Up to that point I'd been itching to go find some singletrack to ride on, but I'd been busy doing lots of other stuff. (River rafting, train rides, eating, playing Scrabble...) Finally, two days before we were supposed to leave, I filled the Camelbak and both bottles with water, (shudder) and took off to the trailhead at the base of Animas City Mountain, right next to the campground we pitched our tents in.

Animas City Mountain is a brutal assault on the legs. The first mile is nothing but steep uphill switchbacks, followed by another two and a half miles of steep uphill to the summit, which is about 1,500 feet above the trailhead, according to the map. It doesn't help matters that the trail is very rocky and loose, so it was hard to get any momentum built up or get a rhythm down, and I ended up hike-a-biking a pretty good bit of the way up. The views, however were worth it.

Looking along Main Street, towards downtown Durango, from about a third of the way up.

The Animas River valley from the same spot.

Sailplane! They get towed over the mountain and released to ride the thermals.

This is how rocky the trail was.

I loved the layering of the rocks on the opposite side of the valley, and how you can see the lifting over time.
I was hoping the storm would come closer.

Tri at the top of the mountain!

The storm to the north.

Hidden Valley, from a little further along the top.

Looking westward from the top.I'm not used to seeing mountains everywhere you look from the top of a mountain.


After riding down the backside of the mountain, I consulted my map to see where I wanted to go next. The Colorado trail looked inviting, so I rode to a gas station, bought some Sobe for the bottles, and headed down to the trailhead, 6 miles down the road. I didn't ride too far down the trail, as I didn't want to be out in unfamiliar terrain after dark, but the part I rode on was a great length of trail. Wonderful flow, low technicality, and friendly people out for walks and rides.

The trail itself follows Junction creek, winding along the canyon wall for a few miles, before crossing the creek and scaling the wall on the other side. I turned around at the crossing.

I would have taken more pictures, but I was having fun.

The last day before we left, I went downtown, with the intention of walking back to the campground, to see the sights, and walk into every bike shop I came across. I met some great people, friendly dogs, and even some art:
Outside the Durango City Hall.

This was just cool. Too bad it looks like the tallbike doesn't move regularly.

I was not expecting to see so many bikes in Durango, and certainly not the types of bikes I saw. Lots of classic and vintage bikes, lots of higher quality mountain and road bikes, tons of cruisers, lots of Xtracycles, and only 3 or 4 department store Bicycle Shaped Objects. They were locked up or being ridden everywhere. It was great, and I really enjoyed it there. If it weren't for the mosquitoes, I'd put it on my list of places I'd like to live.
Mileage: cero.

Saturday, July 17, 2010

Biking in Durango, part une

...Or, How I Spent My Summer Vacation. I would have posted these sooner, but I've been distracted by riding my bikes. Falling behind in my blogging means there's a lot to blog about. Also, sorry about the date stamps in the pictures. My camera decided to just start randomly adding those in.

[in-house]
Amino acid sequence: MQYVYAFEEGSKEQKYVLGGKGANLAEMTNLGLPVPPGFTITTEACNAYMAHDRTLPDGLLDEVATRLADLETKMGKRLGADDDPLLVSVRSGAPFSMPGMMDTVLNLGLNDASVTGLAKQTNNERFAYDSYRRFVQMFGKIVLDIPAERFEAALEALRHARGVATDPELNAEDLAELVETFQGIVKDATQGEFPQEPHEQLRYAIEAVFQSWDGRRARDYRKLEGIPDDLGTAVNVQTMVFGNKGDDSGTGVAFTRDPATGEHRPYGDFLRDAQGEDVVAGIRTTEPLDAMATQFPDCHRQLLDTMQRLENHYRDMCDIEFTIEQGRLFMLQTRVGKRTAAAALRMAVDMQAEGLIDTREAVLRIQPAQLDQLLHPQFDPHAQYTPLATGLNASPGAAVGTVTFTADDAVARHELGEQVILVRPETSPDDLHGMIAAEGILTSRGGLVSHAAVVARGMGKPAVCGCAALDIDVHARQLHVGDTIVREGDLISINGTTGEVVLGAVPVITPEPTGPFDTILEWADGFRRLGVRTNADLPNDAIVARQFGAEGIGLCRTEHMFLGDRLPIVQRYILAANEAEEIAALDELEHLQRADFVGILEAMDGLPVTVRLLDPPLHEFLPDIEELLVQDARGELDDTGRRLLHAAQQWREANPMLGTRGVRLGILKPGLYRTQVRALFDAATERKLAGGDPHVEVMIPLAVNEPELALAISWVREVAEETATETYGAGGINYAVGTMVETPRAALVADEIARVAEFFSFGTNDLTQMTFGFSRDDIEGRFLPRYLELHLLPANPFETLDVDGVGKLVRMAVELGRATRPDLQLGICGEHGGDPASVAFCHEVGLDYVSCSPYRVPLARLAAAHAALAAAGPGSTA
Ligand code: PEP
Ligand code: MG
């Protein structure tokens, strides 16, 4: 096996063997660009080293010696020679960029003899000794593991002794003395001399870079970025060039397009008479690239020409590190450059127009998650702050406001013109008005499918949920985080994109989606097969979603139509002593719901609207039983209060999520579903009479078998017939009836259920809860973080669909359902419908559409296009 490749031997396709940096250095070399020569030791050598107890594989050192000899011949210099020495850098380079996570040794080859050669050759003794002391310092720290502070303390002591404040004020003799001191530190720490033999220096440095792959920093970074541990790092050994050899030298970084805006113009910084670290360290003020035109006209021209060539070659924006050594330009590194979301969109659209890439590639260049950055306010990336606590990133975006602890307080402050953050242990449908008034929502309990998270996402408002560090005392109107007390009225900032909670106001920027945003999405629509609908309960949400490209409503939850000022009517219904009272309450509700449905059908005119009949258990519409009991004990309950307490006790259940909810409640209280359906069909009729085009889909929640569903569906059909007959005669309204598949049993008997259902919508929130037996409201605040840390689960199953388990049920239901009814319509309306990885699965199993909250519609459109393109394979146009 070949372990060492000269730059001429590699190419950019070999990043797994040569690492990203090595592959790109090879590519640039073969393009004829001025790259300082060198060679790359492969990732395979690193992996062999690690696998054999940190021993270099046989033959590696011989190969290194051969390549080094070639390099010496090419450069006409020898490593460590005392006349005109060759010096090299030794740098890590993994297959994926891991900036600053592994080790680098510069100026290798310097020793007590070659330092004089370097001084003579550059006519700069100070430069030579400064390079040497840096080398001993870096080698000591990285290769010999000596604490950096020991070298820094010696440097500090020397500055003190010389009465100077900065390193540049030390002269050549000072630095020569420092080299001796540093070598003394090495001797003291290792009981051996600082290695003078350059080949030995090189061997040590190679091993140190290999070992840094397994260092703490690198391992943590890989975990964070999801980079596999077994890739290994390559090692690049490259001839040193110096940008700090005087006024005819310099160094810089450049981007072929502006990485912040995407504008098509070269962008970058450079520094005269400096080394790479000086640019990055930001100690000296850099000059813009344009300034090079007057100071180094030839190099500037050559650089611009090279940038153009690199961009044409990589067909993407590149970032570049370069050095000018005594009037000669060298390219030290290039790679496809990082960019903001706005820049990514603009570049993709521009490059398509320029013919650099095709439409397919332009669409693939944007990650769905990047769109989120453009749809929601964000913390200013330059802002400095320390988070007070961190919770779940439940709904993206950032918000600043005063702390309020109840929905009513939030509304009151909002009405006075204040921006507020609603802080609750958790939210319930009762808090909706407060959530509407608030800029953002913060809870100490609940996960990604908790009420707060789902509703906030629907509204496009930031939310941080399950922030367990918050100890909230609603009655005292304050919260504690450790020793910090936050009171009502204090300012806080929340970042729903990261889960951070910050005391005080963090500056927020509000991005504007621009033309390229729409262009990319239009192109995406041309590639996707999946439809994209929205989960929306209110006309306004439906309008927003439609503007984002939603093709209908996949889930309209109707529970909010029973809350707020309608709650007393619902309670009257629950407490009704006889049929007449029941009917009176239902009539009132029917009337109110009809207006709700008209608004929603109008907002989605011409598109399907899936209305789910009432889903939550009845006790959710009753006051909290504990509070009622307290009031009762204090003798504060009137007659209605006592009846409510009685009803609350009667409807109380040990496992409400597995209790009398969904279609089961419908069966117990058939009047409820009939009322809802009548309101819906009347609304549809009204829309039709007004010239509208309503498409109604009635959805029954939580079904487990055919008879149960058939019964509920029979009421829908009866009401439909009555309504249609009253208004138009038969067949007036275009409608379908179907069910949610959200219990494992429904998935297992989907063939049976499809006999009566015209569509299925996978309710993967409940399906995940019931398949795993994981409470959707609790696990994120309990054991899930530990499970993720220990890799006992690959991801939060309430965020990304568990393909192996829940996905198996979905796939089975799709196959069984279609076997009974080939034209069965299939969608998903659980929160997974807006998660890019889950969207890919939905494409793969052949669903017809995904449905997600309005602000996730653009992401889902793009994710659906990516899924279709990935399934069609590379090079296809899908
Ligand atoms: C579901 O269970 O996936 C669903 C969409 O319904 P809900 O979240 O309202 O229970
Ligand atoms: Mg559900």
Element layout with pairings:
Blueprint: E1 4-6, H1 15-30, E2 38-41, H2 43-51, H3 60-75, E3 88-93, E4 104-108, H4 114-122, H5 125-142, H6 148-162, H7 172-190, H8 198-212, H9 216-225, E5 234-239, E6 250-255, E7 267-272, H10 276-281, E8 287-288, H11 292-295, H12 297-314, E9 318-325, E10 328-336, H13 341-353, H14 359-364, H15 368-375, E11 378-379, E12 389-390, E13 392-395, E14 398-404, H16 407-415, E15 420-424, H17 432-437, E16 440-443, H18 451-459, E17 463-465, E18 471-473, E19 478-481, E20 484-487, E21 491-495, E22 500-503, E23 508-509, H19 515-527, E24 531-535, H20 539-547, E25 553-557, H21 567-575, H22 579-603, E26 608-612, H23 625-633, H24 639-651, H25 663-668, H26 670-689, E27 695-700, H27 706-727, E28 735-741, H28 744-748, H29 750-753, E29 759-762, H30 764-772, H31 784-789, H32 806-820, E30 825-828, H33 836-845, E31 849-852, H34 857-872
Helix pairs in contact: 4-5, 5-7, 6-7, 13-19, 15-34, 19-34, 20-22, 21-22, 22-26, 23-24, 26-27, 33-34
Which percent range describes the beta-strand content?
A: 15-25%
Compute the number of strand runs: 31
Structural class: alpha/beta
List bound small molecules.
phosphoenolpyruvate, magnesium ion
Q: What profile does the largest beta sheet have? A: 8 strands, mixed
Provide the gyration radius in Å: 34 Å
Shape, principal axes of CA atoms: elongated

As you may have guessed by now, I recently spent some time in the beautiful Durango, Colorado. It was very pretty, and... Durango-y. I did a lot, and even managed to squeeze in some biking, the photo evidence of which I'll get to shortly.

It all started with a 300 mile motorcycle ride. Alex and I both rode our motorcycles there, with the intent of heading up to Ouray at some point during the week. Sorry, no pictures of the ride to and from.

Since TC and I both brought our mountain bikes, we hopped on them one day and took off through town in search of some leisurely riding. I can say that the Animas River trail, which runs most of the length of Durango along the (you guessed it!) Animas River, delivered in that aspect. It's a pretty arterial urban trail, with beautiful scenery.

Part way down, we fund a BMX track. Of course I had to have a go.

Unfortunately, my mountain biking skills kept both wheels fairly planted on the ground, but it was fun to ride around a few times.

At a few points, the trail parallels the Durango & Silverton Narrow Gauge Railroad.

A couple days later, TC, Alex and I headed up on the motorcycles to Ouray, through some of the most beautimus terrain I've ever seen with my own eyes. Over 10 and 11,000 foot mountain passes, with peaks still towering over us, scary tight hairpin turns, through rain and sleet, it was an incredible ride.

On the way down from Coal Bank Pass.

Snowden Peak, from Molas Pass. The picture doesn't show it as well, but it had this pearlescent shine to it.

Molas Lake.

Red Mountain. It's amazing just how red it really is. My camera sort of washed the colors out.

Main Street in Ouray, looking southward.

Once we arrived in Ouray, cold, hungry, and stiff, we went to a little burger joint, called Maggie's Kitchen. On a table next to the register, there's a basket of permanent markers and a note that said "Leave us your autograph!" All the walls were painted white, and you could sign them. Great feature of the place, and all three of us left our mark. So, as we're sitting at the table, Alex pointed out something that completely made my day:
Yup, from the Fat Cyclist blog I read so much, and it's actually (I'm guessing, but I'm pretty sure) from when Fatty's sister and her friends did the Ride the Rockies event mentioned in this post on his blog.

More pictures to follow in Part Deux, tomorrow, if I don't get distracted by something shiny.

Also, for pictures of the other not so bike related stuff I did, I have an album up on Facetube.

Mileage: de nada.